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Alcohol Use_ Illicit Drug Use_ and Gambling in Massachusetts_ 2002

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					Massachusetts Department of Public Health
Health Survey Program Center for Health Information, Statistics, Research, and Evaluation

Alcohol Use, Illicit Drug Use, and Gambling in Massachusetts, 2002
Supplement to: A Profile of Health among Massachusetts Adults, 2002 Results from the Behavioral Risk Factor Surveillance System

Mitt Romney ∼ Governor Kerry Healey ∼ Lieutenant Governor Ronald Preston ∼ Secretary of Health and Human Services Paul Cote, Jr. ∼ Commissioner of Public Health Alda Rego Weathers ∼ Deputy Commissioner of Public Health

Center for Community Health Sally Fogerty ~ Associate Commissioner Michael Botticelli ~ Assistant Commissioner, Bureau of Substance Abuse Services Teresa Anderson ~ Director, Office of Statistics and Evaluation

Center for Health Information, Statistics, Research, and Evaluation Bruce B. Cohen ∼ Acting Co-Director for the Center Gerald F. O’Keefe ∼ Acting Co-Director for the Center Zi Zhang ∼ Director, Health Survey Program

July 2005

ACKNOWLEDGEMENTS
This report was prepared by the staff of the Health Survey Program: Susan Keyes, Dr.P.H., M.P.H., Senior Research Analyst Xuelei Pan, Ph.D., Research Analyst Christine Macaluso, M.S.P.H., Epidemiologist Zi Zhang, M.B., M.P.H., Director And Teresa Anderson, Ph.D., Director, Office of Statistics and Evaluation, Center for Community Health. We wish to express our gratitude to the residents of Massachusetts who participated in this survey, and to ORC Macro, Inc. and the dedicated interviewers who helped make this survey possible. We would also like to express our gratitude to Deborah Klein Walker, Ed.D., whose guidance and support during her time as Associate Commissioner of the Department of Public Health were critical to the success of the Massachusetts Behavioral Risk Factor Surveillance System (BRFSS). For more information about this report, about BRFSS, or the Health Survey Program, please contact: Zi Zhang, Health Survey Program, Center for Health Information, Statistics, Research, and Evaluation, Massachusetts Department of Public Health, 250 Washington Street, 6th floor, Boston, MA 02108-4603. Telephone: (617) 624-5623. Email: zi.zhang@state.ma.us For more information about substance abuse and related services, please contact: Teresa Anderson, Director, Office of Statistics and Evaluation, Center for Community Health, Massachusetts Department of Public Health, 250 Washington Street, 3rd floor, Boston, MA 02108–4619. Telephone: (617) 624-5131. Email: teresa.anderson@state.ma.us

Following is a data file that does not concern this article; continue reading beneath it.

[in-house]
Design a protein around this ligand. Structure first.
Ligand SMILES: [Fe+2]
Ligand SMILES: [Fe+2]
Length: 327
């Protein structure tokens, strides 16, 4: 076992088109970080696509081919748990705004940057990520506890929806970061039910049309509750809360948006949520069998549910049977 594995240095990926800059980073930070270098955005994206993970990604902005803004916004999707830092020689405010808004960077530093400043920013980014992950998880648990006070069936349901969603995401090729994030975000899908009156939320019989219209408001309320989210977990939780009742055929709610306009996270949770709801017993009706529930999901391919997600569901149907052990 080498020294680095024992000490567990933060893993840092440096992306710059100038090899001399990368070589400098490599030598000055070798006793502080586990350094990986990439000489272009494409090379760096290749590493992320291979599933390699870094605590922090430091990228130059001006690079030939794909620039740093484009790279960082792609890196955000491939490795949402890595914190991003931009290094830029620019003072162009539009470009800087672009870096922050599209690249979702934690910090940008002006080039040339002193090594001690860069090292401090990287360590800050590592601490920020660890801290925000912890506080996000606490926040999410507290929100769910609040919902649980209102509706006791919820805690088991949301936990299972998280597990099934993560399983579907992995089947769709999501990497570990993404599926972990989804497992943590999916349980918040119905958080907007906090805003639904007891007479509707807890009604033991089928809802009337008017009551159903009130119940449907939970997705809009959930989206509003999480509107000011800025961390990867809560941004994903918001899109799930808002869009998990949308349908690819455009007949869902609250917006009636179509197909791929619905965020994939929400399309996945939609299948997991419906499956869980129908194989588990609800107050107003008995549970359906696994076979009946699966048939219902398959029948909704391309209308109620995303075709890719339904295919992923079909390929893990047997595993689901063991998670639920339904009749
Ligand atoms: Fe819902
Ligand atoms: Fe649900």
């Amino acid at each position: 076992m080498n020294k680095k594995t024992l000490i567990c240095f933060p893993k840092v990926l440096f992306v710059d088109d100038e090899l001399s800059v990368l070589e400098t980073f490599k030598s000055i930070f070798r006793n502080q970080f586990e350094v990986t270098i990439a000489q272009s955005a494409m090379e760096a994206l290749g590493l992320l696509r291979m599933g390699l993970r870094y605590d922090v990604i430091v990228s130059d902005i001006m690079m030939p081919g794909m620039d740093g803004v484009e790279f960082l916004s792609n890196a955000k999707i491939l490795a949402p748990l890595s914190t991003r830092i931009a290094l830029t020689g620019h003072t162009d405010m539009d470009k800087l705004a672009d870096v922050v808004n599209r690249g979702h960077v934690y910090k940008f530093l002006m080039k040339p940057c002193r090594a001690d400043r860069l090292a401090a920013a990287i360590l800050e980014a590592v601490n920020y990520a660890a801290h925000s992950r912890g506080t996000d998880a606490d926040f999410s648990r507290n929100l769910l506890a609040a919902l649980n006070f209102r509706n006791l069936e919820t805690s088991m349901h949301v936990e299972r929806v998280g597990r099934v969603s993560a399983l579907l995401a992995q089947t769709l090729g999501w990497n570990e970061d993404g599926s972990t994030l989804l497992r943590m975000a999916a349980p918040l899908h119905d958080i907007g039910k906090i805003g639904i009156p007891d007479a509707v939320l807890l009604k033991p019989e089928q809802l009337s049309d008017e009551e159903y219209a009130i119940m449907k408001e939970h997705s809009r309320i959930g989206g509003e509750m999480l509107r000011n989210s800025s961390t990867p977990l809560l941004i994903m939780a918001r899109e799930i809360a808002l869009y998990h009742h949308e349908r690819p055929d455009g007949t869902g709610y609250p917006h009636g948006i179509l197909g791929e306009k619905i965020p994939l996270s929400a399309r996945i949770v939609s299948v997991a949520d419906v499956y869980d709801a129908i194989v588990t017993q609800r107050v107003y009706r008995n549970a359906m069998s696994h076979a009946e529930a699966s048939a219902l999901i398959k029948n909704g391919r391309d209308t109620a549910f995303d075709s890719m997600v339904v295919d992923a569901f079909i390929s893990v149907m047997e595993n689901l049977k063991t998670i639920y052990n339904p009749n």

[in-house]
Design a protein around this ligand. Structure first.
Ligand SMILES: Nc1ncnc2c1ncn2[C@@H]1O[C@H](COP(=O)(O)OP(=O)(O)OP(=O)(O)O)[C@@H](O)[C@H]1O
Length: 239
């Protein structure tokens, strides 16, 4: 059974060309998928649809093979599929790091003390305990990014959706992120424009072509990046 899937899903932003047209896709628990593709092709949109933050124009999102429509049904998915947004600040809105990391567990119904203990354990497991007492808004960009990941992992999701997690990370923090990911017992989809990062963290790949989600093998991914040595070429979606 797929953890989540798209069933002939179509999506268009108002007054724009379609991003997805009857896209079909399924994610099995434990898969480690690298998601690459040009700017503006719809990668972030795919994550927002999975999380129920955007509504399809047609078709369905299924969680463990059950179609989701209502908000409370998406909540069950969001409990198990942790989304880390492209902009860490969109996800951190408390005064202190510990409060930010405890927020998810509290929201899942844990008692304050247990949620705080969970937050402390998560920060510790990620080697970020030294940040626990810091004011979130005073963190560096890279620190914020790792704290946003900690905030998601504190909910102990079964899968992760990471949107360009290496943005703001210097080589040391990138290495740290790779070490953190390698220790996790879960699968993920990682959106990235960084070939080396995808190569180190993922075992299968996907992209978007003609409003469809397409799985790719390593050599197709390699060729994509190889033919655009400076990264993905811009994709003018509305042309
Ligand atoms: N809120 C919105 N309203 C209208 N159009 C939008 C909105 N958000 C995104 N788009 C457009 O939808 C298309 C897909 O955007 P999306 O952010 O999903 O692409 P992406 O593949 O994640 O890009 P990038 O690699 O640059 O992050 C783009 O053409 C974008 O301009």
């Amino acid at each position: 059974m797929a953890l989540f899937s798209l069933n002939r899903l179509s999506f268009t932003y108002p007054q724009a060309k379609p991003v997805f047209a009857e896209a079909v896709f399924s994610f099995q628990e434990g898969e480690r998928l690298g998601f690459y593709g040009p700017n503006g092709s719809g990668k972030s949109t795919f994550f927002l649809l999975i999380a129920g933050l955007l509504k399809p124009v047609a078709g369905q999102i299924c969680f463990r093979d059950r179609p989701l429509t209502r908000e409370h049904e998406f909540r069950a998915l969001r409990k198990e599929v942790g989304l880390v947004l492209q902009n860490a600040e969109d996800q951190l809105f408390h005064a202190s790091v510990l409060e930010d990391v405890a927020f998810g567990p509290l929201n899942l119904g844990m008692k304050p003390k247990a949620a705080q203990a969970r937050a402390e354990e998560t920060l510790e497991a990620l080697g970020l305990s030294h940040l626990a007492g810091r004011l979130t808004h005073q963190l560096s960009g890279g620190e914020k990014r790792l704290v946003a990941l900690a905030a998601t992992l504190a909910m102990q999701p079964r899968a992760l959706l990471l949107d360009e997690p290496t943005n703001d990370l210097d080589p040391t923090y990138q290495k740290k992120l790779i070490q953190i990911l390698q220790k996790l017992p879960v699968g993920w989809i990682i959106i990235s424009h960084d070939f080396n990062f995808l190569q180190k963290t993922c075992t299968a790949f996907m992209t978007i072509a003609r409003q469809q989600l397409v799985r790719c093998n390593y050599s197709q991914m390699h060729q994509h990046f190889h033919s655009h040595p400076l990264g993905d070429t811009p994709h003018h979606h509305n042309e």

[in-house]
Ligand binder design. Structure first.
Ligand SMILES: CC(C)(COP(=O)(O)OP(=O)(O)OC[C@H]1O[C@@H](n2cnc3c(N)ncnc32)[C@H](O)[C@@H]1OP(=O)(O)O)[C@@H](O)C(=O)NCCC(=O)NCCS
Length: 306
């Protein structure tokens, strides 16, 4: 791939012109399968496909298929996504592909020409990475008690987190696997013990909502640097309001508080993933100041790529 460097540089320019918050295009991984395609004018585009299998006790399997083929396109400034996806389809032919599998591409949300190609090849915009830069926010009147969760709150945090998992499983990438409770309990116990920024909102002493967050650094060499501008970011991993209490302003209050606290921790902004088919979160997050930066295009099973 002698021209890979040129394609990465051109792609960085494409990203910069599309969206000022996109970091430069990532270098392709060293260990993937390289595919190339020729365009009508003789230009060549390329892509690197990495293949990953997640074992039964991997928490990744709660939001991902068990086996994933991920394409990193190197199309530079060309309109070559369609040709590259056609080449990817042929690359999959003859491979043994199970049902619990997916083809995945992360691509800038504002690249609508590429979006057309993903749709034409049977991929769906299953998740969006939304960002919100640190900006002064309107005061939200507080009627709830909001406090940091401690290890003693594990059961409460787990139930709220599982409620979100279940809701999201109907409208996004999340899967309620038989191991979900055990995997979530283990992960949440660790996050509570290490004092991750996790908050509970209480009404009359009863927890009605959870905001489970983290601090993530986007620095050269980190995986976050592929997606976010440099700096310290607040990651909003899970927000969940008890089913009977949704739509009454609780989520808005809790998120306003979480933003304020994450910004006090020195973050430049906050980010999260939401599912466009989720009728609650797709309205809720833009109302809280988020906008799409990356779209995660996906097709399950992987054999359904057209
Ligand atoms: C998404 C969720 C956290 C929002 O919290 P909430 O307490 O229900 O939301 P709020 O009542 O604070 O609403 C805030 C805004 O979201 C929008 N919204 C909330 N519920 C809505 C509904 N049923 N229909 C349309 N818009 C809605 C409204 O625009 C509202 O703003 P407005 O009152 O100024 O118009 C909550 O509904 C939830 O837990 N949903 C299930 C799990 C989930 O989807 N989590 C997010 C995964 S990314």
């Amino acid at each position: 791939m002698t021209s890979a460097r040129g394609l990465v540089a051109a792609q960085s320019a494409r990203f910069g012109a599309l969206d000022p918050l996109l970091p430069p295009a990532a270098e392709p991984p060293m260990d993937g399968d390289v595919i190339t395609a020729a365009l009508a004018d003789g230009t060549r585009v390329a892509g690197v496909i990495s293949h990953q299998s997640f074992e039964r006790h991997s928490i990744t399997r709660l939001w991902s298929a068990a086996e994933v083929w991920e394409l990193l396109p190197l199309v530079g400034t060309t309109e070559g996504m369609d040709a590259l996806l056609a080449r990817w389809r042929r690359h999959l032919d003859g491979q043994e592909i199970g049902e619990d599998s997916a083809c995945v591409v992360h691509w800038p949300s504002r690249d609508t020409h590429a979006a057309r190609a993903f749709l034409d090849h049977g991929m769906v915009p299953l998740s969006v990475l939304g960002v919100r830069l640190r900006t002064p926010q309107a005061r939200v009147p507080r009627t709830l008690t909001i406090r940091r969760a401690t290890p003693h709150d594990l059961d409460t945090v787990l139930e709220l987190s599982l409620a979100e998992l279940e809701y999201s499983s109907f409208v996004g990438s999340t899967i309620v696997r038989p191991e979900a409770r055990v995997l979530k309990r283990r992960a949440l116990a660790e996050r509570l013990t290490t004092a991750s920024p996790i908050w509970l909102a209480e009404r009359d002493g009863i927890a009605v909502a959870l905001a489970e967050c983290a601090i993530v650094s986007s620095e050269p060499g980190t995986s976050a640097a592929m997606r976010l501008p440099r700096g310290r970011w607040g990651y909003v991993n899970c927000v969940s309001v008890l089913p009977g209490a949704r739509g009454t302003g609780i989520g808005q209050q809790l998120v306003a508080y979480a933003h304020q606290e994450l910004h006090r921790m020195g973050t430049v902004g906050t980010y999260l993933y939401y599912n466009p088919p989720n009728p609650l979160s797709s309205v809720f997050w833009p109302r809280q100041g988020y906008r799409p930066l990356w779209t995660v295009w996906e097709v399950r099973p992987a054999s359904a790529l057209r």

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FORWARD
This report provides a summary of data collected on: (1) knowledge and attitudes about alcohol use and illicit drug use; (2) alcohol use; (3) illicit drug use; (4) gambling, and (5) treatment for alcohol and illicit drug use in Massachusetts. The data were collected as a part of the Massachusetts Behavioral Risk Factor Surveillance System (BRFSS), one of the few population-based sources of health behavior data in the Commonwealth of Massachusetts. This document is produced as a supplement to the BRFSS annual report, A Profile of Health among Massachusetts Adults: Results from the Behavioral Risk Factor Surveillance System. BRFSS is a continuous, random-digit-dial, telephone survey of adults, ages 18 and older, that is conducted in all states as a collaboration between the U.S. Centers for Disease Control and Prevention (CDC) and state departments of health. BRFSS collects data on a variety of health characteristics, risk factors, preventive behaviors, health conditions, and emerging health issues. There are limited sources for population-based data on the topics of alcohol use and illicit drug use. BRFSS provides important population-based data, including data on individuals who have never accessed formal treatment systems. There are some limitations that should be considered when interpreting results from the BRFSS. Households that do not have a telephone do not have the opportunity to participate in the survey. All data collected by the BRFSS are based on information gathered from respondents, and may be subject to all the bias of self-reported data (e.g. recall, interviewer bias, etc.). Given the potentially negative perceptions of alcohol use, illicit drug use, and gambling, respondents may be inclined to give socially desirable answers, leading to response bias. Statistical significance testing to establish significant differences between groups was not conducted. References to increases or decreases in rates refer to variations in data and not to the statistical significance of these variations. The reader might note that non-overlapping confidence intervals indicate statistical significance, but overlapping confidence intervals do not necessarily indicate that differences are not statistically significant. For more information on confidence intervals, see Technical Notes (pg. 56).